In today’s selling world, people are constantly talking about the importance of asking the right sales questions to understand a potential client’s needs.
But what does that really mean?
Unfortunately, a lot of salespeople take this to mean that they should just bombard prospects with random questions at random times. This couldn’t be further from the right approach to sales questions.
The reality is that you need to have an exact process to follow when it comes to asking the right sales questions at the right time.
In any given sales interaction, you should take prospects through a series of well-thought-out sales questions at different stages of the conversation that will ultimately unveil their needs.
In this video, I’m going to show you the five strategic, powerful sales questions you need to ask in order to determine a potential client’s needs. Check it out:
Sales Questions to Ask #1: Tell me more about that challenge.
This is a really simple question—and yes, I know it’s technically a statement—but it’s one of the most powerful sales questions out there nonetheless.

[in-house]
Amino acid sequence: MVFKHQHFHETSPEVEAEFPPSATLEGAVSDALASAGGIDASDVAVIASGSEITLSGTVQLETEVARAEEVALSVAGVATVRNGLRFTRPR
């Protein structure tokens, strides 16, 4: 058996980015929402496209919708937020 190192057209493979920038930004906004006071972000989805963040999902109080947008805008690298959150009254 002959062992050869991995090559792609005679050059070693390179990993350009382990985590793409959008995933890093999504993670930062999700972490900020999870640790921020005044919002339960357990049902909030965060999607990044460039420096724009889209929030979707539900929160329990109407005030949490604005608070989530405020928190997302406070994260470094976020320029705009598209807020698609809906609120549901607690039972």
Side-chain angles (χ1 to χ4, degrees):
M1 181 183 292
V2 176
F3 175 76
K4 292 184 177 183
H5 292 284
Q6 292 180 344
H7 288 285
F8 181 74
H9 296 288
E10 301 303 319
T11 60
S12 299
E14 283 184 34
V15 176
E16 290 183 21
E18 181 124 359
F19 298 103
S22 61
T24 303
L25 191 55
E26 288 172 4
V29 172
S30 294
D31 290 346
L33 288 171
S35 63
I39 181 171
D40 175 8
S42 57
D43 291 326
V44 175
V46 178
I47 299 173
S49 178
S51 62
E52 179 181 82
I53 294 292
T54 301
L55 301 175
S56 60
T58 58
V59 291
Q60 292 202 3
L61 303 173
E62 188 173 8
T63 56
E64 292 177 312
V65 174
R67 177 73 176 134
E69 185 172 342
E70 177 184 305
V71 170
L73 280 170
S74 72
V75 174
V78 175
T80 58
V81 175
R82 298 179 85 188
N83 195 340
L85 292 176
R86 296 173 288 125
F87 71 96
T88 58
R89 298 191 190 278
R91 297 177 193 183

Before you ask this question of a prospect, I’m going to assume that you’ve already engaged the prospect in some kind of conversation about their challenges, concerns, or needs. Now it’s time to peel their statements back like an onion with your sales questions, starting with this one. You want to get to the core of what the prospect truly needs.
When approaching this sales question, it helps if you start to think like a psychologist. Consider that the initial statement a prospect makes can be almost meaningless sometimes. What matters is what comes after.
Most salespeople never get past the surface of a prospect’s initial statement. They just take whatever the prospect says at face value and then launch right into their pitch or say, “Well, you’re in the right place!”
But if you know to ask the powerful sales question “Tell me more about that challenge” then you’ll immediately go deeper and start the process of determining the prospect’s needs.
Sales Questions to Ask #2: What’s a recent example of that?
This sales question takes you even deeper. You’ve already compelled your prospect to tell you more about their key challenge—now, you’re asking for a recent example.